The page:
fbpx
facebook app symbol  twitter  linkedin  instagram 1
 

AJO, Ariz.—The FBI and the Tohono O'odham Police are investigating the fatal shooting of a Tohono O’odham citizen by U.S. Border Patrol agents last Thursday. 

The citizen, identified by the Tribe as Raymond Mattia, had called to report people trespassing on his property. Mattia was reportedly shot at his home at around 10 p.m. Thursday on the reservation near the U.S.-Mexico border in southern Arizona.  

Never miss Indian Country’s biggest stories and breaking news. Sign up to get our reporting sent straight to your inbox every weekday morning. 

Agents from the Ajo Station were involved in the shooting, according to a spokesperson for Customs and Border Protection (CBP), which did not share the identity of the deceased. The CPB's Office of Personal Reponsibility is also investigating the shooting. 

“Nation member Raymond Mattia lost his life in the incident,” Tohono O’odham Nation Chairman Ned Norris, Jr. said in a statement. “Our hearts go out to his family and all those impacted during this difficult time. As the investigation proceeds, the Nation expects full consideration of all related facts of the incident and an appropriate and expeditious response from relevant public safety agencies.”

Because the incident occurred on Indian lands in Arizona, which is a non-Public Law 280 state, the Federal Bureau of Investigation (FBI) has jurisdiction to investigate officer-involved shootings, and other major crimes on Indian lands.

The Nation identified that the fatal shooting incident happened in Menagers Dam Village, which is only a few miles from the border. The shooting occurred roughly a week after the expiration of Title 42, a policy of both the Trump and Biden administrations designed to keep people from migrating into the country during the COVID-19 pandemic. Title 42 stems from a public health law that became law in 1944, which hopes to limit migration in the name of protecting public health. 

When the measure expired at midnight on May 11, thousands of migrants, many from central and south America, attempted to cross the southern border. 

Upon entering the Tohono O’odham Nation, in any of the reservation’s main highways, there is a visible U.S. Border Patrol command station. 

Visitors can be stopped for any, or no reason on the reservation if border patrol agents suspect anything. In other words, it’s normal to see a U.S. Border Patrol agent or CBP vehicle on the Tohono O’odham Nation, which is the second-largest Indian reservation in the country of 3,000,000 million acres. 

Officials including the U.S. Border Patrol, the FBI, and Tohono O’odham Nation said they will not be releasing any additional information pending an active investigation.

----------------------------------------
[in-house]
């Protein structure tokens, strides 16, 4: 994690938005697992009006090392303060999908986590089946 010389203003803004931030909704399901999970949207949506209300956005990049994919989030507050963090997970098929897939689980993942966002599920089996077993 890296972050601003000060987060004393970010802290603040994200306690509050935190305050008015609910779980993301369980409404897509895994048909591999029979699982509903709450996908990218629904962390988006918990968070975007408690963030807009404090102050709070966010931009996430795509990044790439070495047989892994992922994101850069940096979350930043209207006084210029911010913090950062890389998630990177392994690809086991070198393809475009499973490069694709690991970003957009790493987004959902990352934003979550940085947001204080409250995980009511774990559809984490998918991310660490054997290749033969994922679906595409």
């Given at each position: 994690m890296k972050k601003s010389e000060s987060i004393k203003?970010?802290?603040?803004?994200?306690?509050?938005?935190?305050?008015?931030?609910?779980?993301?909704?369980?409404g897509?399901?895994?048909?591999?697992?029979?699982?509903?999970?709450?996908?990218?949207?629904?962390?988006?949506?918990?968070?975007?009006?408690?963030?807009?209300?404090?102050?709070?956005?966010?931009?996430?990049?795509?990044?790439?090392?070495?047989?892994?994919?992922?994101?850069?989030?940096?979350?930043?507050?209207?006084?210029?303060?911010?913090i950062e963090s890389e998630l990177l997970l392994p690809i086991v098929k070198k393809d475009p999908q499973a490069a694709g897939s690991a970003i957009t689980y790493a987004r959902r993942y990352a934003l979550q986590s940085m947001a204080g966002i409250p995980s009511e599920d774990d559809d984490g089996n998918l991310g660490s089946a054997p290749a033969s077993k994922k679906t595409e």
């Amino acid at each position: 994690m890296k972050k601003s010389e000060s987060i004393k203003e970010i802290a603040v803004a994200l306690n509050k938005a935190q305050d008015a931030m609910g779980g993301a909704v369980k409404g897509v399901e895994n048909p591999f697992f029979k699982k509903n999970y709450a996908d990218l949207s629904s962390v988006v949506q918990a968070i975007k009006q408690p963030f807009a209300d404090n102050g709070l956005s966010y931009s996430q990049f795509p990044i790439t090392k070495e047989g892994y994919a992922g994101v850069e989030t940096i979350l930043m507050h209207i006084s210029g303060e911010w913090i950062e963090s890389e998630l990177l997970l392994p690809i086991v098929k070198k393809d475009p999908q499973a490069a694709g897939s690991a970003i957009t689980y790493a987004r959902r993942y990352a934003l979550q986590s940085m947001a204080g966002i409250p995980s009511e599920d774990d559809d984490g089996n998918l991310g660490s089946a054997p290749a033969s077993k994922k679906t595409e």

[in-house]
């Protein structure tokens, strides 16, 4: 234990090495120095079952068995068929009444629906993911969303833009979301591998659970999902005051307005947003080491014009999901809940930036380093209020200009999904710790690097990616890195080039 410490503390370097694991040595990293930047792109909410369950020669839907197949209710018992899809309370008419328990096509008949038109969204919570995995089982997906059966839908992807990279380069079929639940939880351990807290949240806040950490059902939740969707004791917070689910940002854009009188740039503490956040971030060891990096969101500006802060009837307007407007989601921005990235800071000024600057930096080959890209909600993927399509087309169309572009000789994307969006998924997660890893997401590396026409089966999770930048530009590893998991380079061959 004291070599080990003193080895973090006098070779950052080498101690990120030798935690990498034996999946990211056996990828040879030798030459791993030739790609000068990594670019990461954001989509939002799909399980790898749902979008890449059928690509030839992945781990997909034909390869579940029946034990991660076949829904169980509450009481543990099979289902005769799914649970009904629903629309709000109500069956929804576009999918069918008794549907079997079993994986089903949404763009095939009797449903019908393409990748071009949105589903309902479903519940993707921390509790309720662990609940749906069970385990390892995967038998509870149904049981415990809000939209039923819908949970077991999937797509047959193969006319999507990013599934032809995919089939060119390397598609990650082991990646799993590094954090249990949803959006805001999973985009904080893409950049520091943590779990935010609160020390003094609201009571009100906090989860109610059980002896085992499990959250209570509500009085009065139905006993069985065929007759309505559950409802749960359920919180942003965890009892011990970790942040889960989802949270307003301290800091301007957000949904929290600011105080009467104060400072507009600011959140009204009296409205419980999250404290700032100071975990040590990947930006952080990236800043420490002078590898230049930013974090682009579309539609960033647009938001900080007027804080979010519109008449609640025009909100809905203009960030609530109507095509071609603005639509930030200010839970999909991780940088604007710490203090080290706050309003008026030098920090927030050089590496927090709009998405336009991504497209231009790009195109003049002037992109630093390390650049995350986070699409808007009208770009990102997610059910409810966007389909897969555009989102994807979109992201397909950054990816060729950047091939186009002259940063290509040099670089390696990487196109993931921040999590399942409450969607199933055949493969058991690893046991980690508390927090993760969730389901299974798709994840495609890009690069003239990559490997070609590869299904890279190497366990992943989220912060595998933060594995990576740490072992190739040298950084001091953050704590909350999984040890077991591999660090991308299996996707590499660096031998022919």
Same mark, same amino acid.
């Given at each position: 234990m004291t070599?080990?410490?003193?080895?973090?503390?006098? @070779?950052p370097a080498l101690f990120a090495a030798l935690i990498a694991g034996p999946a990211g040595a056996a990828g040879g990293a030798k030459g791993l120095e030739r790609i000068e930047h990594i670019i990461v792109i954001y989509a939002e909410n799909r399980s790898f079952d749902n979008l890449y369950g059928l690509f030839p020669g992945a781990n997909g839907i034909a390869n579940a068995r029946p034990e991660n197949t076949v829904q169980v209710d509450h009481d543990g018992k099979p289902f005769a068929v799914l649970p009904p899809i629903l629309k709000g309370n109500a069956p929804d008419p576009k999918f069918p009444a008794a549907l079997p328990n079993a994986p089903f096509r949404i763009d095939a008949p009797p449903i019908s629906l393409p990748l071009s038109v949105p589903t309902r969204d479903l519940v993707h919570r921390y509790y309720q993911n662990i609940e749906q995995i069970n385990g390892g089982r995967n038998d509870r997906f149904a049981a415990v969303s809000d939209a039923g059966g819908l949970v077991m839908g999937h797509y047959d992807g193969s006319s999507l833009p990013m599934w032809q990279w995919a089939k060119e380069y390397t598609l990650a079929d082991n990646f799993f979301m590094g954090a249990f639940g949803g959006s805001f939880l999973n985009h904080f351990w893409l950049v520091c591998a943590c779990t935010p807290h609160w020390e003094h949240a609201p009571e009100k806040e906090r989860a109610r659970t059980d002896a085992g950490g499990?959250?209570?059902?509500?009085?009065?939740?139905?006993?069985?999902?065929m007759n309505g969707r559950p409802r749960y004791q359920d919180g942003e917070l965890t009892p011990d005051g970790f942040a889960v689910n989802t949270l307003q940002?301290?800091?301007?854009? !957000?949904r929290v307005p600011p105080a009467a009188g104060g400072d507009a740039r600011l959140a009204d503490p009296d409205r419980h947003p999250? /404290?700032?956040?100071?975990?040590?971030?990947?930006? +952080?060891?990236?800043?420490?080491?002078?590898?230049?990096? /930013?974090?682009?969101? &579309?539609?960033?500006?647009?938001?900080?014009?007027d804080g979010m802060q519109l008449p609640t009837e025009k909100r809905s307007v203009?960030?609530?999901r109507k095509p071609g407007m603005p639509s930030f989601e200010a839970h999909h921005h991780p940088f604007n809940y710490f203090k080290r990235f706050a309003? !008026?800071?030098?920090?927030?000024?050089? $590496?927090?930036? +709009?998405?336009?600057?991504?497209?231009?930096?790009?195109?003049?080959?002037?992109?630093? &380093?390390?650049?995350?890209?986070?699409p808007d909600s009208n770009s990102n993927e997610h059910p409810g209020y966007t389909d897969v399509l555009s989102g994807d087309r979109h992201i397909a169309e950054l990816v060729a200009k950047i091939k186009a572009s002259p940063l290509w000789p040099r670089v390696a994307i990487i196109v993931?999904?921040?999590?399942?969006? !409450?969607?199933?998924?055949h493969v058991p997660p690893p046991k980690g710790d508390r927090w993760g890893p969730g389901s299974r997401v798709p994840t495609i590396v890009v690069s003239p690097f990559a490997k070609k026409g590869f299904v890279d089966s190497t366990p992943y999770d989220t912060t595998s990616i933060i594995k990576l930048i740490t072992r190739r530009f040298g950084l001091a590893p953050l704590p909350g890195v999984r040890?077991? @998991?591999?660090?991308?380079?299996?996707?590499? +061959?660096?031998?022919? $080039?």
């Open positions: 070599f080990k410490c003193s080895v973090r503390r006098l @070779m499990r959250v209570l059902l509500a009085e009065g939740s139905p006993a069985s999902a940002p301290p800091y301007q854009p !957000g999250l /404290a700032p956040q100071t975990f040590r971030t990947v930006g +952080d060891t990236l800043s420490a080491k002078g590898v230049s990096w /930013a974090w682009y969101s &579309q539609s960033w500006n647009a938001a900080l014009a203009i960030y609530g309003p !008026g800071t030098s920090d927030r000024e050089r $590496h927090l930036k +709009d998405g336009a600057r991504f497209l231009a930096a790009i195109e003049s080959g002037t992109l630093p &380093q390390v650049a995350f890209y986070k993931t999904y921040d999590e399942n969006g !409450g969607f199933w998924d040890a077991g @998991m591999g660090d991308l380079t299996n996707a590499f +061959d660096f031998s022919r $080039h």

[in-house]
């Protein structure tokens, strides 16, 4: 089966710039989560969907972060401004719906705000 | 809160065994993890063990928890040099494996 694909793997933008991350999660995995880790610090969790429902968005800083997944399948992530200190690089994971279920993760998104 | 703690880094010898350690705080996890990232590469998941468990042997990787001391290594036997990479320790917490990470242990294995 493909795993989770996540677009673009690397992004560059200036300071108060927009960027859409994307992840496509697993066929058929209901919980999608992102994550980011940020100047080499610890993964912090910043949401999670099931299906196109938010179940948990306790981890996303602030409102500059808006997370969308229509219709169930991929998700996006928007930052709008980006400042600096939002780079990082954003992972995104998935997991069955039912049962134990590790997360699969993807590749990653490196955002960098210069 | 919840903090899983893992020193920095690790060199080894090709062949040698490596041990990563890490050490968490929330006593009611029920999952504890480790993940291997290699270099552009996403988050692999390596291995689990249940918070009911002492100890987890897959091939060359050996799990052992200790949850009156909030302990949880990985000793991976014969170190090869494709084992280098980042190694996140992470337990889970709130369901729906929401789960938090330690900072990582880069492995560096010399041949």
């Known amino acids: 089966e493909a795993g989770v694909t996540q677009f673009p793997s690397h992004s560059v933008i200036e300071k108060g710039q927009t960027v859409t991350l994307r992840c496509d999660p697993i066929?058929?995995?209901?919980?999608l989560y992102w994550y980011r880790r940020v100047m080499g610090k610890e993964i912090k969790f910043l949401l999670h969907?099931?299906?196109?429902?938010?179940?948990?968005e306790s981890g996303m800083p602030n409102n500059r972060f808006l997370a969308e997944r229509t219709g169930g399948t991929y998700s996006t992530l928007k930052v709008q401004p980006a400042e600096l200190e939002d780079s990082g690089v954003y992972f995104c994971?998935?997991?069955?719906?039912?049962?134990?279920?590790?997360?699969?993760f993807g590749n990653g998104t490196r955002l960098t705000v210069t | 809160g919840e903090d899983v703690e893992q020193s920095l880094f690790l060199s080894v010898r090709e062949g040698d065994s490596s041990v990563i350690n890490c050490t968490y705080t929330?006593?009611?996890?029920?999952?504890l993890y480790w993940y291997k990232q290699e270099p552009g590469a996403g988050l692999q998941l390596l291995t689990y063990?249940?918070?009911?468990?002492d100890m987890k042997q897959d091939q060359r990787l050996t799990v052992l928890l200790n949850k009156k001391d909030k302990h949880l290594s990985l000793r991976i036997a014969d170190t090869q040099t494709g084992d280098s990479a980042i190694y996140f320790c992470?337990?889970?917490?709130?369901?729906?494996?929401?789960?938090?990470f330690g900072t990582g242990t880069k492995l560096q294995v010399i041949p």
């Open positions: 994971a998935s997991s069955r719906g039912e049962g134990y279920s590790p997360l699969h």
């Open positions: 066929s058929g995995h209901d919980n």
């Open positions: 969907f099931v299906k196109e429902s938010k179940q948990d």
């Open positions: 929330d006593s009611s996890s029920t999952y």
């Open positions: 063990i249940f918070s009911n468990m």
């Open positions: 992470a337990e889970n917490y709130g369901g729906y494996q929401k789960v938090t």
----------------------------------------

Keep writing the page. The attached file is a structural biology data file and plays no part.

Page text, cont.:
More Stories Like This

Senate Committee on Indian Affairs to Host Hearing on Public Safety in Indian Country
Native Bidaské with Kevin Sharp on Leonard Peltier’s Upcoming Parole Hearing
Senate Subcommittee to Hear Testimony on President Biden’s FY Budget for Indian Programs on Thursday
Native News Weekly (May 19, 2024): D.C. Briefs
Native Artist and Former Cultural Advisor to the Chicago Blackhawks Sues Team for Sexual Harassment, Fraud

These stories must be heard.

This May, we are highlighting our coverage of Indian boarding schools and their generational impact on Native families and Native communities. Giving survivors of boarding schools and their descendants the opportunity to share their stories is an important step toward healing — not just because they are speaking, but because they are being heard. Their stories must be heard. Help our efforts to make sure Native stories and Native voices are heard in 2024. Please consider a recurring donation to help fund our ongoing coverage of Indian boarding schools. Donate to Native News Online today and support independent Indigenous-centered journalism. Thank you.

About The Author
Author: Darren ThompsonEmail: This email address is being protected from spambots. You need JavaScript enabled to view it.
Darren Thompson (Lac du Flambeau Ojibwe) is a staff reporter for Native News Online who is based in the Twin Cities of Minnesota. Thompson has reported on political unrest, tribal sovereignty, and Indigenous issues for the Aboriginal Peoples Television Network, Indian Country Today, Native News Online, Powwows.com and Unicorn Riot. He has contributed to the New York Times, the Washington Post, and Voice of America on various Indigenous issues in international conversation. He has a bachelor’s degree in Criminology & Law Studies from Marquette University in Milwaukee, Wisconsin.